Porter v. Nussle, 534 U.S. 516, 15 (2002)

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Opinion of the Court

Furthermore, the asserted distinction between excessive force claims that need not be exhausted, on the one hand, and exhaustion-mandatory "frivolous" claims on the other, see id., at 2, 26-27, is untenable, for "[e]xcessive force claims can be frivolous," Smith, 255 F. 3d, at 452 ("Inmates can allege they were subject to vicious nudges."), and exhaustion serves purposes beyond weeding out frivolous allegations, see supra, at 524-525.

Other infirmities inhere in the Second Circuit's disposition. See McCarthy, 500 U. S., at 143 ("Petitioner's definition would generate additional work for the district courts because the distinction between cases challenging ongoing conditions and those challenging specific acts of alleged misconduct will often be difficult to identify."). As McCarthy emphasized, in the prison environment a specific incident may be symptomatic rather than aberrational. Id., at 143- 144. An unwarranted assault by a corrections officer may be reflective of a systemic problem traceable to poor hiring practices, inadequate training, or insufficient supervision. See Smith, 255 F. 3d, at 449. Nussle himself alleged in this very case not only the beating he suffered on June 15, 1996; he also alleged, extending before and after that date, "a prolonged and sustained pattern of harassment and intimidation by corrections officers." App. 39. Nussle urges that his case could be placed in the isolated episode category, but he might equally urge that his complaint describes a pattern or practice of harassment climaxing in the alleged beating. It seems unlikely that Congress, when it included in the PLRA a firm exhaustion requirement, meant to leave the need to exhaust to the pleader's option. Cf. Preiser, 411 U. S., at 489-490 ("It would wholly frustrate explicit congressional intent to hold that [prisoners] could evade this [exhaustion] requirement by the simple expedient of putting a different label on their pleadings.").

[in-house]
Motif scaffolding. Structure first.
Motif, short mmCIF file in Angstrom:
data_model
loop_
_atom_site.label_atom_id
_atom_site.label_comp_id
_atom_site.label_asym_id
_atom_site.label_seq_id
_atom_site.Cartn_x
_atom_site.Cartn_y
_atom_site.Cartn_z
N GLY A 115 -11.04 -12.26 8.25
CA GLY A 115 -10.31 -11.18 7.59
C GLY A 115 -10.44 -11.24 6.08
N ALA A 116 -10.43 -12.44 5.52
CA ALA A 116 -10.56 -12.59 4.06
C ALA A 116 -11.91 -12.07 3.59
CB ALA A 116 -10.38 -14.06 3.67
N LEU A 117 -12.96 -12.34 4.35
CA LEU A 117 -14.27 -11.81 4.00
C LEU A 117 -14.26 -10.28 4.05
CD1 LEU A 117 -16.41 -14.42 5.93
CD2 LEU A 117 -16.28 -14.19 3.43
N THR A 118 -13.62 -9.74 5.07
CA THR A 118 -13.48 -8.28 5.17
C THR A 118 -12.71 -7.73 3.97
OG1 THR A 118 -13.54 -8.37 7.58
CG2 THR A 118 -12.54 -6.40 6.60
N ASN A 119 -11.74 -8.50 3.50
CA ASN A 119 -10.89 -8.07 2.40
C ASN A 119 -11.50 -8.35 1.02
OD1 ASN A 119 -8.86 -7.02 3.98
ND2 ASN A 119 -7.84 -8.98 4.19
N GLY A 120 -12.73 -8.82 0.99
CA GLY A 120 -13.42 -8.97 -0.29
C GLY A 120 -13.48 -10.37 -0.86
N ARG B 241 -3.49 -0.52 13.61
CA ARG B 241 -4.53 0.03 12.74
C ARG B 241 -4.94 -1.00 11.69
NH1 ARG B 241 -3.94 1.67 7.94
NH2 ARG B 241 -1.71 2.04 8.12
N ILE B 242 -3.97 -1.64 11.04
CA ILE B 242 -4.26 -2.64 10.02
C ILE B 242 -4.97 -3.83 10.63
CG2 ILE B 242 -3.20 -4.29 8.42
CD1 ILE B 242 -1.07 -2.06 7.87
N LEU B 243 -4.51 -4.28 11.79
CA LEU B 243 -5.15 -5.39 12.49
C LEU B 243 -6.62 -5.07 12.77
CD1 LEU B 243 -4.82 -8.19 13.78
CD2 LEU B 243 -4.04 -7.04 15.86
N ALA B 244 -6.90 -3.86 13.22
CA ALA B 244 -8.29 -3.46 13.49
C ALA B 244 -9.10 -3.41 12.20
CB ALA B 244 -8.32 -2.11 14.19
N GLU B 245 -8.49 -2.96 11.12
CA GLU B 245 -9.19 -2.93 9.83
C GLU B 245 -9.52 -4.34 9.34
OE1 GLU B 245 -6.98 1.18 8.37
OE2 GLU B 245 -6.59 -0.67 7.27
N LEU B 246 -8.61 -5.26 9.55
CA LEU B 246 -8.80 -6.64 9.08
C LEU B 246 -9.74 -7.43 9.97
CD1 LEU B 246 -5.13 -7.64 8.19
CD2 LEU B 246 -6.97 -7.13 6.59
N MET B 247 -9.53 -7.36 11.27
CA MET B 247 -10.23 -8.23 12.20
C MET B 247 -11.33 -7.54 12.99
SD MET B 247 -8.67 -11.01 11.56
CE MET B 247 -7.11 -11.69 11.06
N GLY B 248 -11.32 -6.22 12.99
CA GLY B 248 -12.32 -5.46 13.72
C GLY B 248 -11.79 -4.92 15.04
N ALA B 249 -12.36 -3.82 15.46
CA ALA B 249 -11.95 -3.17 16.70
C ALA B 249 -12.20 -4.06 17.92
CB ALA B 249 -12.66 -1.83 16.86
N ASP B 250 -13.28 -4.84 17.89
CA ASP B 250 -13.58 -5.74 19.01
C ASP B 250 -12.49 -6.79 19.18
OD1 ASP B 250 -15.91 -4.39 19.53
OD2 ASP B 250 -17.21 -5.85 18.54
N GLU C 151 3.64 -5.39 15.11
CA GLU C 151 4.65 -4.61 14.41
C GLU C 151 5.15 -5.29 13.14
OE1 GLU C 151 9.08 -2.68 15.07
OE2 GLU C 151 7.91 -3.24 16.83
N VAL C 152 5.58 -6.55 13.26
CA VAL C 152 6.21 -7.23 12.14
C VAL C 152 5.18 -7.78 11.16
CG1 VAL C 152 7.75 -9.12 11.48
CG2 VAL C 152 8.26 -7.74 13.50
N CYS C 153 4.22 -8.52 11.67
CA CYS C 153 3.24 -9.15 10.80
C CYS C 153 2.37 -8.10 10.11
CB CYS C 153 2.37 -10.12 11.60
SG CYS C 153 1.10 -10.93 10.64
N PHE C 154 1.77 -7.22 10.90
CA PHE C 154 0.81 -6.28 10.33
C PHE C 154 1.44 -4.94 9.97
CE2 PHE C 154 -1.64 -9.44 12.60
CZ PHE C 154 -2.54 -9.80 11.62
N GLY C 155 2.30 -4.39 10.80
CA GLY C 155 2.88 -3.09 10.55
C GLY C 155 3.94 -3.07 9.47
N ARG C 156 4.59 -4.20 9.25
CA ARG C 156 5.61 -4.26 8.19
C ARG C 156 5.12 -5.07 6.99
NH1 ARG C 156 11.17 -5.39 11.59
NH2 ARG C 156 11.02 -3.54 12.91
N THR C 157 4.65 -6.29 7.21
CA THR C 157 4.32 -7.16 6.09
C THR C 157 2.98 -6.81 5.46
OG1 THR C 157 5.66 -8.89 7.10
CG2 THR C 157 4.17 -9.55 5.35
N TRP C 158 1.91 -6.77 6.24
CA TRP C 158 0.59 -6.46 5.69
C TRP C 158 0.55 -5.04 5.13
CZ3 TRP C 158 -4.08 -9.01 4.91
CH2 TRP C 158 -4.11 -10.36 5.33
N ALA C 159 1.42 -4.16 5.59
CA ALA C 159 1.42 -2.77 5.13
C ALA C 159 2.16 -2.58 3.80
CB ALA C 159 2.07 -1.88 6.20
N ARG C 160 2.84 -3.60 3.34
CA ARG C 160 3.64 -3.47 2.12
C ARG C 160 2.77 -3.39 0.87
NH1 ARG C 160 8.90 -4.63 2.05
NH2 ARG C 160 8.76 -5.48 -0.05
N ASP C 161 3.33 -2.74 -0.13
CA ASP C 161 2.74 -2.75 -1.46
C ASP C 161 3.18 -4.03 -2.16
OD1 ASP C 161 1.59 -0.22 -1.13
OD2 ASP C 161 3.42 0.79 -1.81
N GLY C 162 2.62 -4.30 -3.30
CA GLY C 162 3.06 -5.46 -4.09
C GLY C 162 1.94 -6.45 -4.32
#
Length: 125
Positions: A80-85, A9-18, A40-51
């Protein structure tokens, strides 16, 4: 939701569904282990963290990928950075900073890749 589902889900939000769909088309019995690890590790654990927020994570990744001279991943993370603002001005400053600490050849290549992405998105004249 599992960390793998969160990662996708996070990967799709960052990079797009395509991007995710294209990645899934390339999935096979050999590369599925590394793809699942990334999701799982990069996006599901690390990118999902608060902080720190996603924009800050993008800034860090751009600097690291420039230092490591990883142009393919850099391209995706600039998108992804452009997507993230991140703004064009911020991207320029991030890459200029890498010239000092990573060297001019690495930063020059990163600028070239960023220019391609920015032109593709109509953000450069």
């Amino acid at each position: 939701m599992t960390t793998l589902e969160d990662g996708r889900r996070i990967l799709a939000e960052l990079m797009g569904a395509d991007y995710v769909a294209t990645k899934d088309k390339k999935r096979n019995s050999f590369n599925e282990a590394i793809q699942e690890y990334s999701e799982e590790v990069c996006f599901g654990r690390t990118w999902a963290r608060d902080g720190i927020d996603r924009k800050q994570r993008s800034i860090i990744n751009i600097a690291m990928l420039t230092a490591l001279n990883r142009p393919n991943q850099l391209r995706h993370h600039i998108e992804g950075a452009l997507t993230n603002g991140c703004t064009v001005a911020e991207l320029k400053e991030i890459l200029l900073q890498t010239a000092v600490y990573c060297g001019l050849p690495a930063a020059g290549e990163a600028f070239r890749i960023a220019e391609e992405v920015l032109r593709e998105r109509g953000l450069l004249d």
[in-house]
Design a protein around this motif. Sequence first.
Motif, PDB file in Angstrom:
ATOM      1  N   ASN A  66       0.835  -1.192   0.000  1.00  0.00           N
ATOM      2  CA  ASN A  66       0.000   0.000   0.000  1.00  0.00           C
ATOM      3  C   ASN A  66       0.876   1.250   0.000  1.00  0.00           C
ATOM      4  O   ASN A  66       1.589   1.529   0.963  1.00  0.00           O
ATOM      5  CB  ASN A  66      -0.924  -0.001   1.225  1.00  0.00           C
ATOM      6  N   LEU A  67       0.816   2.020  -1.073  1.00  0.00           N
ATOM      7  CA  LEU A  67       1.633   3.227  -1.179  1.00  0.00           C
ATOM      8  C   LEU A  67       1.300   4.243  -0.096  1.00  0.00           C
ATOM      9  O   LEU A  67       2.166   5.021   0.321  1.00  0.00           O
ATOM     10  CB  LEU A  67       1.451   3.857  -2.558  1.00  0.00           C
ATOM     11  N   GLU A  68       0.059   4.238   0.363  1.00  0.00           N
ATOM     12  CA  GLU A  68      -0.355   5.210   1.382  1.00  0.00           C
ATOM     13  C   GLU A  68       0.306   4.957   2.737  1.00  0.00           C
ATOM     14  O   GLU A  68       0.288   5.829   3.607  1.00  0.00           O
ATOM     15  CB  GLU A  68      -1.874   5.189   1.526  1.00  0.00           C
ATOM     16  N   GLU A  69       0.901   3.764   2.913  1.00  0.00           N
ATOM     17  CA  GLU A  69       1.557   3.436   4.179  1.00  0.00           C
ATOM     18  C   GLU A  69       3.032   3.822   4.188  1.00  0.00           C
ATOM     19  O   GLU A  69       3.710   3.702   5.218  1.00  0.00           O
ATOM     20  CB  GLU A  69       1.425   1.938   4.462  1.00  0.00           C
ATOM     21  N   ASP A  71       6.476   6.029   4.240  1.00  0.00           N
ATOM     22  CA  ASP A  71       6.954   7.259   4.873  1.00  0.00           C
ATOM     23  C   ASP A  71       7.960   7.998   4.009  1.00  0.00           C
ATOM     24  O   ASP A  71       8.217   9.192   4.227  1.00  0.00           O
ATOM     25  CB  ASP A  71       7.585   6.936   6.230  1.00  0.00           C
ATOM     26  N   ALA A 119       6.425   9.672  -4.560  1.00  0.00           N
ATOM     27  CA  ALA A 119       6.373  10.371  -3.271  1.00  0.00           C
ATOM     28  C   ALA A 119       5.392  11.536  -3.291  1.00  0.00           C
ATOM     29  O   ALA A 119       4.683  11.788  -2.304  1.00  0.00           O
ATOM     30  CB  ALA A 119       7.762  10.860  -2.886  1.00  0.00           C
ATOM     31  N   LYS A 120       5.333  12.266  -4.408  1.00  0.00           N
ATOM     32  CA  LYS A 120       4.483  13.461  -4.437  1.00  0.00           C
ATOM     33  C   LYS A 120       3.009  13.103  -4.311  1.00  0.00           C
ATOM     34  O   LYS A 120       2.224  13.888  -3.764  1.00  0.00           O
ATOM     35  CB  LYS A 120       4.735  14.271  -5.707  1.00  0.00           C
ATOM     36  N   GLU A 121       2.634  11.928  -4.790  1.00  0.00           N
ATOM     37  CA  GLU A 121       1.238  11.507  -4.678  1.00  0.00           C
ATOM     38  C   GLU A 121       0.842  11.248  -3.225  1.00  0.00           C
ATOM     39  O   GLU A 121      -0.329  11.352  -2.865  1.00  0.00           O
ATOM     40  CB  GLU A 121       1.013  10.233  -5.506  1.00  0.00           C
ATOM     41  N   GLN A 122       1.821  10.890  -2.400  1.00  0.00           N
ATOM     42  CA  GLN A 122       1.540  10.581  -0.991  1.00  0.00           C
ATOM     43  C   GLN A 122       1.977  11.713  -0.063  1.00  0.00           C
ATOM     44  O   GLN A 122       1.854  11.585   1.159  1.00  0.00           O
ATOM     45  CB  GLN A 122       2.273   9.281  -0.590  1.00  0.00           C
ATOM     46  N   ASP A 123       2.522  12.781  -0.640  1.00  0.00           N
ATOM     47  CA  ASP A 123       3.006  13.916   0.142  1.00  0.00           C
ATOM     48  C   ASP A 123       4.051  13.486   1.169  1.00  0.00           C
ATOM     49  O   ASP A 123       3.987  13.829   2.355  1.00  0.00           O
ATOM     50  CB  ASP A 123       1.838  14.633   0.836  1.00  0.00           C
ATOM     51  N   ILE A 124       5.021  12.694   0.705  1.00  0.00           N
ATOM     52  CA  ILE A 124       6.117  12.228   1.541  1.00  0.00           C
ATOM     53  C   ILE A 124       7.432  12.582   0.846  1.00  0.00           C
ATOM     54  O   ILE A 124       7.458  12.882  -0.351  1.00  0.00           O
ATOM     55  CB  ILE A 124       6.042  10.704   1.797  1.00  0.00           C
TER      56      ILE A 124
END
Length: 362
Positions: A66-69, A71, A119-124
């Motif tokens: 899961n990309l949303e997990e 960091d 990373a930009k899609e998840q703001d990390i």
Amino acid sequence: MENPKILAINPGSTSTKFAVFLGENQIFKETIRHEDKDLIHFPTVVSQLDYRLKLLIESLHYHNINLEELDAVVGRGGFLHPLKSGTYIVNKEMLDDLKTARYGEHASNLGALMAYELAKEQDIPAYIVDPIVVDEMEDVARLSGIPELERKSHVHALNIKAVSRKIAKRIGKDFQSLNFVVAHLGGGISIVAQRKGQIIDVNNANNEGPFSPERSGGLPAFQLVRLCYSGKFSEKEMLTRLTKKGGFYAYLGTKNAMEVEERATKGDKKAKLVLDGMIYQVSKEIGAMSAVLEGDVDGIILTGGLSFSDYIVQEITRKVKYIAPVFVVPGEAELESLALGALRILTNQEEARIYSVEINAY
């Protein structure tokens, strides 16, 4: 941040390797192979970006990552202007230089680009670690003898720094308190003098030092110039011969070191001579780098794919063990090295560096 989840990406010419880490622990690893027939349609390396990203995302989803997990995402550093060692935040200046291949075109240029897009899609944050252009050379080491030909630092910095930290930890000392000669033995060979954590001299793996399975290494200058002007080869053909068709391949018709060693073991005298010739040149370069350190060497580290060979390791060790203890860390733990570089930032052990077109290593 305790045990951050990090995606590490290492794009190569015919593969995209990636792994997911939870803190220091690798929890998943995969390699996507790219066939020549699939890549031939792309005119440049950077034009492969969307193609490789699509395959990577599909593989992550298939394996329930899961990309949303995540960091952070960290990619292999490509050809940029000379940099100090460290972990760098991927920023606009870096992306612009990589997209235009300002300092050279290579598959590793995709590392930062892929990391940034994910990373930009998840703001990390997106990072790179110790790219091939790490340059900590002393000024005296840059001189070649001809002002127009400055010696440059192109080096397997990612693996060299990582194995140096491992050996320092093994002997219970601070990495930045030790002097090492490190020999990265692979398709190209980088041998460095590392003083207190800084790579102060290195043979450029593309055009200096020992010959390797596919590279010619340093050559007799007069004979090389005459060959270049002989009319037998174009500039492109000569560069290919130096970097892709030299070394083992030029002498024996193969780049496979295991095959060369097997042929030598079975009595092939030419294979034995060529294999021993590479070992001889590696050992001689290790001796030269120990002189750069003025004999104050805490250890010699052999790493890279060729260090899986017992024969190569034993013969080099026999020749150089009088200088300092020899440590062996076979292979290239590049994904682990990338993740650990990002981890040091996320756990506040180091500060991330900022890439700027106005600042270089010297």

Under Nussle's view and that of the Second Circuit, moreover, bifurcation would be normal when a prisoner sues both

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